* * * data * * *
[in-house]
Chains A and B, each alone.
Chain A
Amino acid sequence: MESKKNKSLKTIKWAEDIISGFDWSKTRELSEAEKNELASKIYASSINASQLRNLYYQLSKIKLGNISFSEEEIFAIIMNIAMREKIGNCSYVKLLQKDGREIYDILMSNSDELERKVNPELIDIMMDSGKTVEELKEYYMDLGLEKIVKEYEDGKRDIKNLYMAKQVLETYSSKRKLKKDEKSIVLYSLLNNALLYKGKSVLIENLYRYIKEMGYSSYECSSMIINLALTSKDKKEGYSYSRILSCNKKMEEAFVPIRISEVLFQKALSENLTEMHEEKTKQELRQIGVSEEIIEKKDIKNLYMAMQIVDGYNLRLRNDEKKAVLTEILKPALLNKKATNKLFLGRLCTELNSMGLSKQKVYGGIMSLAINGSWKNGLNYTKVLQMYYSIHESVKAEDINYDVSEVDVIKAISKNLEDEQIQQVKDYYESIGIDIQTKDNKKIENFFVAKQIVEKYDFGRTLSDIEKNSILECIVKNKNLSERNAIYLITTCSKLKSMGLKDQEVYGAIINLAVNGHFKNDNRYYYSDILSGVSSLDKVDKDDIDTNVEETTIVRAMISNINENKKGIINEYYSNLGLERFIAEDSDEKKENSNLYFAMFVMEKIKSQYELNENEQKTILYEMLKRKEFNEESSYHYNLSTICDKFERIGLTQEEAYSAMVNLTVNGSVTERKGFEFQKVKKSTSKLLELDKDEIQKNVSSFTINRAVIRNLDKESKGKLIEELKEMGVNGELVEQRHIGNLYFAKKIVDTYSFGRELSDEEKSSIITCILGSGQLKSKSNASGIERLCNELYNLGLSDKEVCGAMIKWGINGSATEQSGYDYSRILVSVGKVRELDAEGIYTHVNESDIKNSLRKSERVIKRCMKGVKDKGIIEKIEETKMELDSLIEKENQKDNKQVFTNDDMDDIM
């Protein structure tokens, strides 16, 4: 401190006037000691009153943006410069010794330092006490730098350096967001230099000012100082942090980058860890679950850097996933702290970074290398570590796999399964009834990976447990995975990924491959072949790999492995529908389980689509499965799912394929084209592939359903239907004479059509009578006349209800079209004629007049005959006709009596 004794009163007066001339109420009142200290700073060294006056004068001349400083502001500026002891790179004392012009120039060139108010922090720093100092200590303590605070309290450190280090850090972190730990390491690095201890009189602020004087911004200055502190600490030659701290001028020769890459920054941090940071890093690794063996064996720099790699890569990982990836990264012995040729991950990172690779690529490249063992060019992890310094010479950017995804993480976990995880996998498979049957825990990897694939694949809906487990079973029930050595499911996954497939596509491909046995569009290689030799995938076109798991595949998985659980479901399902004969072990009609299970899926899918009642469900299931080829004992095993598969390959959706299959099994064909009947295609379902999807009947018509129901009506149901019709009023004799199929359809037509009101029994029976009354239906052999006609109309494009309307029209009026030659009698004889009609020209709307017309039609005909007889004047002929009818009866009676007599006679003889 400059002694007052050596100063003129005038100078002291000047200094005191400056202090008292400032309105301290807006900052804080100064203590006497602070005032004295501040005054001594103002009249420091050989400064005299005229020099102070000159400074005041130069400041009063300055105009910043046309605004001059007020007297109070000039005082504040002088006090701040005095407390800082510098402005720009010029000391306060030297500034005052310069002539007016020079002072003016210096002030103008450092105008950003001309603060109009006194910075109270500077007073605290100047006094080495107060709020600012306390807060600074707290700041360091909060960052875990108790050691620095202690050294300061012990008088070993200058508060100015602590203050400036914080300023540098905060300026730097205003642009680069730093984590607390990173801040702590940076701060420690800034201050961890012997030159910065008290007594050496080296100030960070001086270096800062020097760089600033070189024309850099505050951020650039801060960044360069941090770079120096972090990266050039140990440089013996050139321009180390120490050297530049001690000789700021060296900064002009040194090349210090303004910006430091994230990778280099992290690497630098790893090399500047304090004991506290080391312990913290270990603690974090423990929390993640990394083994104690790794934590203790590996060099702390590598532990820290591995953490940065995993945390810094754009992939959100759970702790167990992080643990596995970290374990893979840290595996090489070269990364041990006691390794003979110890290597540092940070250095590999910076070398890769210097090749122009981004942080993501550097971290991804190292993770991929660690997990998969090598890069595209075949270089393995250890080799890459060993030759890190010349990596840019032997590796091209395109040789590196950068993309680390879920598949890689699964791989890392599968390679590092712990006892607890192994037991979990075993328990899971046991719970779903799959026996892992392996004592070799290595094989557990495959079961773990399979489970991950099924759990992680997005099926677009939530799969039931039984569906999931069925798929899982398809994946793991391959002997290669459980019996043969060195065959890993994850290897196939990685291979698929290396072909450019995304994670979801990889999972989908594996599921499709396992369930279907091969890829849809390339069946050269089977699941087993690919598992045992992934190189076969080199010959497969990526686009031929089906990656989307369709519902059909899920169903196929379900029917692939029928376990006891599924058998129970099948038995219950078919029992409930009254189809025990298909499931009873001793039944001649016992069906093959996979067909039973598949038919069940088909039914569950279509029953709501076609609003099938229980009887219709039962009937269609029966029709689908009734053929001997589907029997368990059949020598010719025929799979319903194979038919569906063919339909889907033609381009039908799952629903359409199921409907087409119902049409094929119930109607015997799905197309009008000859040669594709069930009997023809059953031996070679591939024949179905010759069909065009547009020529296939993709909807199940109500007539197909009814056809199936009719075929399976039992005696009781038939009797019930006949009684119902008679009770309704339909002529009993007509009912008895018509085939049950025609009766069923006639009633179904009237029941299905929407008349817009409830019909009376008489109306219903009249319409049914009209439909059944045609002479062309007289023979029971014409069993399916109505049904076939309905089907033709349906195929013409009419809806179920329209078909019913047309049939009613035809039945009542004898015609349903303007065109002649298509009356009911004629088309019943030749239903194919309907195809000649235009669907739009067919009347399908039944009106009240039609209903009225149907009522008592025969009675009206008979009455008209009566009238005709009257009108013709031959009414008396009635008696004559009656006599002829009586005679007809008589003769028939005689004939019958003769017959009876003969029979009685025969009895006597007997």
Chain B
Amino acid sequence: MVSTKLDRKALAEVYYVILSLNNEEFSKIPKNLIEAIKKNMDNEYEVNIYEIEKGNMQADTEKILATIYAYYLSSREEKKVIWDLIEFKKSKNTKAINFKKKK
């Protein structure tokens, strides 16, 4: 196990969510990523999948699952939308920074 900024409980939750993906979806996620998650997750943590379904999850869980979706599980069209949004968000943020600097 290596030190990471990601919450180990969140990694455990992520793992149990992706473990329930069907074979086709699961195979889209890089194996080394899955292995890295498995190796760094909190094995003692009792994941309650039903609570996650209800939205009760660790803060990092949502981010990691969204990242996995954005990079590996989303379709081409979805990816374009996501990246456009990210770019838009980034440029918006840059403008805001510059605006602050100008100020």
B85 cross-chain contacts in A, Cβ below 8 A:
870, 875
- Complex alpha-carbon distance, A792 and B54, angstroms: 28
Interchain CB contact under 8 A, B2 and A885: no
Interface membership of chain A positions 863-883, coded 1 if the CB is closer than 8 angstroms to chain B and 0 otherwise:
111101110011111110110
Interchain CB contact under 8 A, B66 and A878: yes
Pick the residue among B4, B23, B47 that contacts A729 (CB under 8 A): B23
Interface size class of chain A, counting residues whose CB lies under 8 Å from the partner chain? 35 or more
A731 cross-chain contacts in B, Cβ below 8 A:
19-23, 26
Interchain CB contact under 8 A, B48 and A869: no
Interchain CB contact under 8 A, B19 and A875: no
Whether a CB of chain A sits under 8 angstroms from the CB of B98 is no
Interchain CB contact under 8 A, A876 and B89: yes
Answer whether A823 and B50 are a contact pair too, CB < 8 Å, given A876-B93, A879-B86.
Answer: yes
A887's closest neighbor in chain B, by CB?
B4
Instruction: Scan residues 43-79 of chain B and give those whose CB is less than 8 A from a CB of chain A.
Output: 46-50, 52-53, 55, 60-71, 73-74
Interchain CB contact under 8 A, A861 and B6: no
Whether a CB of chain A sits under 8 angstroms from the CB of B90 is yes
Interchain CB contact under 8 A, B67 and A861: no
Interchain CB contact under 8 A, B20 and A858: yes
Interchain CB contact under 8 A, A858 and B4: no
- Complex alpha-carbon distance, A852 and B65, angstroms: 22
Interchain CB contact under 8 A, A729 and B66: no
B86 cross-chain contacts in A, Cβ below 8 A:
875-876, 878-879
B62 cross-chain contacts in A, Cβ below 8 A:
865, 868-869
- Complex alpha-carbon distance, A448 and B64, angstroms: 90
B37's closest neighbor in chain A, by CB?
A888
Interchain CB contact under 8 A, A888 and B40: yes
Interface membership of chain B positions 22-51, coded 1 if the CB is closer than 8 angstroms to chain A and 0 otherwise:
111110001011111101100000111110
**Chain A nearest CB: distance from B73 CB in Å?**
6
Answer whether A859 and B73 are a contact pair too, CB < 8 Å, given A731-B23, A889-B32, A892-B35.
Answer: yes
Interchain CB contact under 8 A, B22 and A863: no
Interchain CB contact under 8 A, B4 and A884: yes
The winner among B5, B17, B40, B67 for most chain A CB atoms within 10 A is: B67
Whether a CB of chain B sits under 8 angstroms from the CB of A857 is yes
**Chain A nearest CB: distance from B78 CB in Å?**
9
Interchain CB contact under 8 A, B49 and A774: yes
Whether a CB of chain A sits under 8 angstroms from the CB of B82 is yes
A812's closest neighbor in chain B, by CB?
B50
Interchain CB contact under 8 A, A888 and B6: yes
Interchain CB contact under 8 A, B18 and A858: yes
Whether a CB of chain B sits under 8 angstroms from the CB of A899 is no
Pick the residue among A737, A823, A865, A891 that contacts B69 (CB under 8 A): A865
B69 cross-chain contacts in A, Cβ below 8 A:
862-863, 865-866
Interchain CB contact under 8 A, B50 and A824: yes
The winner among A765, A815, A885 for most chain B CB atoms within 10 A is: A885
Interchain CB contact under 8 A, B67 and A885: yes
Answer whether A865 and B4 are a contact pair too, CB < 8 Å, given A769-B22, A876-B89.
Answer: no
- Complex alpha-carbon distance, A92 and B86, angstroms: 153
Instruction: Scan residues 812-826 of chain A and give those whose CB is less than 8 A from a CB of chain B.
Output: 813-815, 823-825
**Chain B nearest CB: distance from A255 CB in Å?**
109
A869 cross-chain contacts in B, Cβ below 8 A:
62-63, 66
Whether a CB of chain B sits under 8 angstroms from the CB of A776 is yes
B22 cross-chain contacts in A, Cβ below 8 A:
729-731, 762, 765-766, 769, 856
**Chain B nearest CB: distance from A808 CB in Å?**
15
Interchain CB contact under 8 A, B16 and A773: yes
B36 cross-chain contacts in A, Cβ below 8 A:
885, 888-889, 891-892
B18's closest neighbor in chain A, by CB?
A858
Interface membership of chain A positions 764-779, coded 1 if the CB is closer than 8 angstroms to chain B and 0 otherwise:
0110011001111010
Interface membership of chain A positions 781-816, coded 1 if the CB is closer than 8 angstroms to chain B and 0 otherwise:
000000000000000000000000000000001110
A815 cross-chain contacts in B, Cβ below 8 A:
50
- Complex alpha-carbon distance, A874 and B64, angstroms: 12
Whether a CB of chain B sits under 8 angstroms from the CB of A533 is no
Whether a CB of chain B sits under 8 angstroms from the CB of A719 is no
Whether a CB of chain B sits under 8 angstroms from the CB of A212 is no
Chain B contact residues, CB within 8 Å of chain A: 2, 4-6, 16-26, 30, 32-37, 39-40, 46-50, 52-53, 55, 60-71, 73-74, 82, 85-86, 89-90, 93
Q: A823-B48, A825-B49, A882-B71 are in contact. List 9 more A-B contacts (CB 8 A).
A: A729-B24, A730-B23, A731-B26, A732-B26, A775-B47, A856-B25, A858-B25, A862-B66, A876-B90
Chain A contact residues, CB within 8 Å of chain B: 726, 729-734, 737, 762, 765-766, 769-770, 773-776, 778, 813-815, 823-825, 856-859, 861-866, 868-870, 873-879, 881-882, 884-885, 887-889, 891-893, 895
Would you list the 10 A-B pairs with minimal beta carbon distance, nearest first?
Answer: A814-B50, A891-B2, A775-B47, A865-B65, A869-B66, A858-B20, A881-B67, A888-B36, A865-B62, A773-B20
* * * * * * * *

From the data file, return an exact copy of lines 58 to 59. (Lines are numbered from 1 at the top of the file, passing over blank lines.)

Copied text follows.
Whether a CB of chain A sits under 8 angstroms from the CB of B82 is yes
A812's closest neighbor in chain B, by CB?